Lemons, avocados, honey, sugar, oatmeal and even eggs are not your everyday foods anymore. These foods are now multi-purposed-they have tremendous effects for skin.
“The skin is the largest organ of the body. It is the protector of vital organs,” said Julye Williams, a licensed skin care specialist and speaker at The Beta Alpha Chapter of Delta Sigma Theta’s workshop, “Oriental Oasis: Skin Care and Beauty Seminar.”
Williams, founder of Verde, a natural skin care line, explained that skin problems persist often because people are ignorant to what skin type they have-oily, dry, combination or sensitive.
Oily skin consists of large pores in the cheek and forehead areas. People with characteristics of oily skin tend to be prone to acne and blackheads. Dry skin consists of scaly dry, tight skin. People with characteristics of dry skin tend to have tight skin after washing their faces.
Combination skin comprises both dry and oily skin.
Dry skin in the T-Zone areas (forehead, nose and chin) and oily skin in the cheek area. Sensitive skin consists of easily irritated skin. Products tend to burn and aggravate this type of skin.
Another hindrance to achieving clear skin is not taking the right steps to cleanse the skin. Williams stresses that steaming should be the first step practiced at least once a week, no more than twice a week, before cleansing the skin.
“Fill a pot with water and boil it. Take a cloth, put it over your head and let the steam hit your face. This helps open your pores so the cleanser can get deep down in the pores and increases blood circulation,” Williams said.
Steaming, can also be a form of aromatherapy Williams recommends that you add lavender,mint or any other dried herbs to stimulate the senses. After you steam, cleanse the face. “Use upwards strokes when cleansing the skin. Downwards strokes tugs on the skin and can form wrinkles,” said Williams.
After cleansing, exfoliate to remove dead skin cells. Here’s where the food comes in. Williams recommends an oatmeal exfoliator and an exfoliant that contains honey and cornmeal.
“Oatmeal can be combined with warm water or milk to exfoliate for sensitive skin. Honey, heated for ten to fifteen seconds, and 1/4 teaspoon of corn meal mixed together is also a good exfoliator,”said Williams.
After exfoliating, tone the skin. Witch hazel, apple cider vinegar and lemon juice are all natural toners.
After toning, moisturize your skin. Williams said that, “Vaseline and baby oil are not good moisturizers because they both coat and trap toxins in the skin. Get products with almond oil instead.”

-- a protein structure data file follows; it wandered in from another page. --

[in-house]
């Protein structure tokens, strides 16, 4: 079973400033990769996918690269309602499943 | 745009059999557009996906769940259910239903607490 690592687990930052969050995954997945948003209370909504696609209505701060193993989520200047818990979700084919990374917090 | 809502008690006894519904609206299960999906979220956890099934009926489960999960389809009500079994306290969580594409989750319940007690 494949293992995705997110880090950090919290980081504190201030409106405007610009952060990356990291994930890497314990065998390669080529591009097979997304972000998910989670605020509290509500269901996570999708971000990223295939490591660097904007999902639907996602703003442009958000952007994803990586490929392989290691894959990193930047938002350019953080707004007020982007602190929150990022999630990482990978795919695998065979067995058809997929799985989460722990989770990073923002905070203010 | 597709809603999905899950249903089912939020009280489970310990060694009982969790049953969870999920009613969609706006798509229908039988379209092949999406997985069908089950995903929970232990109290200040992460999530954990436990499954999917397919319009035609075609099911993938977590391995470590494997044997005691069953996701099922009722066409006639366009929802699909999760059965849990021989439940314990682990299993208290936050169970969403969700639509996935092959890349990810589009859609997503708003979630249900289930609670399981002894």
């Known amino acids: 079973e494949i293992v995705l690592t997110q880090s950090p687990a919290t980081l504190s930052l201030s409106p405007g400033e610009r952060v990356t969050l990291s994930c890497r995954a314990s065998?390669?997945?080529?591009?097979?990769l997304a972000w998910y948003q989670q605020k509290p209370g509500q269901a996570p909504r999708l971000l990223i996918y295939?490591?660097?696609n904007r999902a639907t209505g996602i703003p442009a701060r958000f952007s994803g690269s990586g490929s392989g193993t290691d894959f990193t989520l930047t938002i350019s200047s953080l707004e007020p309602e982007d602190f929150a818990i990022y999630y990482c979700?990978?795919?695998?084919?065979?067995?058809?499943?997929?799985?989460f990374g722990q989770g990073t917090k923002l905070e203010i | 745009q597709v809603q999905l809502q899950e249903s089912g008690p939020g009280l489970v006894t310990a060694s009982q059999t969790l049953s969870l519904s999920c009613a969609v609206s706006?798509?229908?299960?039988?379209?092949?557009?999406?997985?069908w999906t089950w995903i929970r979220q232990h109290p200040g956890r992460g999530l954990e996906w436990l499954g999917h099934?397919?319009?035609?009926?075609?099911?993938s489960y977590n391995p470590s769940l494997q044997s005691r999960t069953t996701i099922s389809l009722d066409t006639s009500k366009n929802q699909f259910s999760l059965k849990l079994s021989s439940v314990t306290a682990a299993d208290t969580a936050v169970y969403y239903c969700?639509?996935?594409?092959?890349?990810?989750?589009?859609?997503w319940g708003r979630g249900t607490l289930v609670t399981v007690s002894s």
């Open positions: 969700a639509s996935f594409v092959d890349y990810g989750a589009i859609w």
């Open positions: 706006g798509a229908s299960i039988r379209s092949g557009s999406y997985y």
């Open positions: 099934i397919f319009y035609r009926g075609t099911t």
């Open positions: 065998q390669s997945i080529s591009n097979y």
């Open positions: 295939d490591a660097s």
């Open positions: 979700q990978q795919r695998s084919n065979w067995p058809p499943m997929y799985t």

Masks can also be added into the skin care regimen once a week. Honey, warmed ten to fifteen seconds, can be used as a moisturizing mask. Rinse after ten minutes. French clay and midnight clays can also be used for masks. Along with cleansing the skin correctly, a good diet along with vitamin use will also improve the skin. Williams said that Vitamins A-E are all good for the skin.
Vitamin A: Helps with the maintenance of the tissue.
B-complex vitamins: Helps in the circulation and production of cells. Chicken, milk, peas and grains contain this vitamin.
Vitamin C: Helps in the production of collagen and battles environmental toxins. Fruits, apples, potatoes and papayas are some foods that contain this vitamin.
Vitamin E: Helps in cell rejuvenation and protects the tissue under the eye and minimizes scars.
“Drink plenty of water, it helps cleanse the system of toxins,” added Williams.
Although few men were in attendance of the skin care workshop, skin care is an issue for men as well as women. “Sometimes when men shave their skin it becomes irritated and because of how African-American hair grows shaving results in shave bumps,” said Williams.
Shaving with a sharp enough blade for a close cut, using an aftershave to cool the skin after shaving and following the cleansing process correctly will help men with caring for their skin suggests Williams.
Russell Dawson, 24, senior accounting student from Miami, said he learned a lot at the skin seminar.
“I learned that waking up every morning and putting alcohol on my face was not the thing to do,” said Dawson.
“And I also learned that teat tree oil can help get rid of some of the blemishes on my face instead of scratching them,” added Dawson.
Leshanta Richardson, 20, a sophomore chemistry student from Veero Beach said, “I didn’t know the pattern for cleansing the face. I usually just wash my face with cocoa butter soap. I also learned new scrubs for exfoliators, now I don’t have to buy exfoliators off the shelf.”
William notes that a common mistake that people make is buying products to “work for their skin instead of working with their skin.”
For more information on Verde products contact Julye Williams by email: firstname.lastname@example.org.